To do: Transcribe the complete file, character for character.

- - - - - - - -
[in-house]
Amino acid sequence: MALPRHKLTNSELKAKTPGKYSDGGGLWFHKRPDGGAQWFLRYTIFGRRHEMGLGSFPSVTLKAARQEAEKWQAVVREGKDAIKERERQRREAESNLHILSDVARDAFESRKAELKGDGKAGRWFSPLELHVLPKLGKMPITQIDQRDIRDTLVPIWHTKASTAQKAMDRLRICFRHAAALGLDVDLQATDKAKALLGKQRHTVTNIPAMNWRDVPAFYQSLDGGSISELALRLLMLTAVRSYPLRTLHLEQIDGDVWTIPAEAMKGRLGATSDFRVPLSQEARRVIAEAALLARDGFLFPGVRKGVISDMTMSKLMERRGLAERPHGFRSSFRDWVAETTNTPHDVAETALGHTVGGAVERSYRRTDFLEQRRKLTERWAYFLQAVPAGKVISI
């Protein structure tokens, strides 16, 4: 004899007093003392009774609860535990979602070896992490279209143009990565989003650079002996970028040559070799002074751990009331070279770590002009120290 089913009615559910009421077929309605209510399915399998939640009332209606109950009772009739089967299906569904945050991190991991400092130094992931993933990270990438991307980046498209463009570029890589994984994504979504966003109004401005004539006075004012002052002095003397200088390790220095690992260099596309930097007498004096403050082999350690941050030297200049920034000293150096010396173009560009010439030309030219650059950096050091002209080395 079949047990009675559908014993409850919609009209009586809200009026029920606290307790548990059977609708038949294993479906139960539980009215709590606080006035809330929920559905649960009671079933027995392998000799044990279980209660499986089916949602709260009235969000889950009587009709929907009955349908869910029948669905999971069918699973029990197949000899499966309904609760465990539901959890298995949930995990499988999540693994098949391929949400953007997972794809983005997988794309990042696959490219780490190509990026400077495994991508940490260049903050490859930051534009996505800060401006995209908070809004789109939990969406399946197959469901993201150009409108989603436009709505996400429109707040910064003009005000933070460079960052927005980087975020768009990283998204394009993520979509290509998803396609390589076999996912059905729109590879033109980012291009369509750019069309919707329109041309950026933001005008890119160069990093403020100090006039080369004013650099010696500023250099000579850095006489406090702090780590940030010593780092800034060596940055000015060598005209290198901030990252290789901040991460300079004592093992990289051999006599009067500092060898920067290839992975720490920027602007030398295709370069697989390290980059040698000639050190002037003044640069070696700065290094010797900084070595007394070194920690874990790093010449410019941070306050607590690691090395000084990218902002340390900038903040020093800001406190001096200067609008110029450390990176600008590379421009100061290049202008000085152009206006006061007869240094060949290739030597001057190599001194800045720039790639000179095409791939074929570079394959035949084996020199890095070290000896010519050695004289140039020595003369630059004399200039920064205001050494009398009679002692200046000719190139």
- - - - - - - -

[in-house]
Amino acid sequence: MALPRHKLTNSELKAKTPGKYSDGGGLWFHKRPDGGAQWFLRYTIFGRRHEMGLGSFPSVTLKAARQEAEKWQAVVREGKDAIKERERQRREAESNLHILSDVARDAFESRKAELKGDGKAGRWFSPLELHVLPKLGKMPITQIDQRDIRDTLVPIWHTKASTAQKAMDRLRICFRHAAALGLDVDLQATDKAKALLGKQRHTVTNIPAMNWRDVPAFYQSLDGGSISELALRLLMLTAVRSYPLRTLHLEQIDGDVWTIPAEAMKGRLGATSDFRVPLSQEARRVIAEAALLARDGFLFPGVRKGVISDMTMSKLMERRGLAERPHGFRSSFRDWVAETTNTPHDVAETALGHTVGGAVERSYRRTDFLEQRRKLTERWAYFLQAVPAGKVISI
């Protein structure tokens, strides 16, 4: 004899007093003392009774609860535990979602070896992490279209143009990565989003650079002996970028040559070799002074751990009331070279770590002009120290 089913009615559910009421077929309605209510399915399998939640009332209606109950009772009739089967299906569904945050991190991991400092130094992931993933990270990438991307980046498209463009570029890589994984994504979504966003109004401005004539006075004012002052002095003397200088390790220095690992260099596309930097007498004096403050082999350690941050030297200049920034000293150096010396173009560009010439030309030219650059950096050091002209080395 079949047990009675559908014993409850919609009209009586809200009026029920606290307790548990059977609708038949294993479906139960539980009215709590606080006035809330929920559905649960009671079933027995392998000799044990279980209660499986089916949602709260009235969000889950009587009709929907009955349908869910029948669905999971069918699973029990197949000899499966309904609760465990539901959890298995949930995990499988999540693994098949391929949400953007997972794809983005997988794309990042696959490219780490190509990026400077495994991508940490260049903050490859930051534009996505800060401006995209908070809004789109939990969406399946197959469901993201150009409108989603436009709505996400429109707040910064003009005000933070460079960052927005980087975020768009990283998204394009993520979509290509998803396609390589076999996912059905729109590879033109980012291009369509750019069309919707329109041309950026933001005008890119160069990093403020100090006039080369004013650099010696500023250099000579850095006489406090702090780590940030010593780092800034060596940055000015060598005209290198901030990252290789901040991460300079004592093992990289051999006599009067500092060898920067290839992975720490920027602007030398295709370069697989390290980059040698000639050190002037003044640069070696700065290094010797900084070595007394070194920690874990790093010449410019941070306050607590690691090395000084990218902002340390900038903040020093800001406190001096200067609008110029450390990176600008590379421009100061290049202008000085152009206006006061007869240094060949290739030597001057190599001194800045720039790639000179095409791939074929570079394959035949084996020199890095070290000896010519050695004289140039020595003369630059004399200039920064205001050494009398009679002692200046000719190139």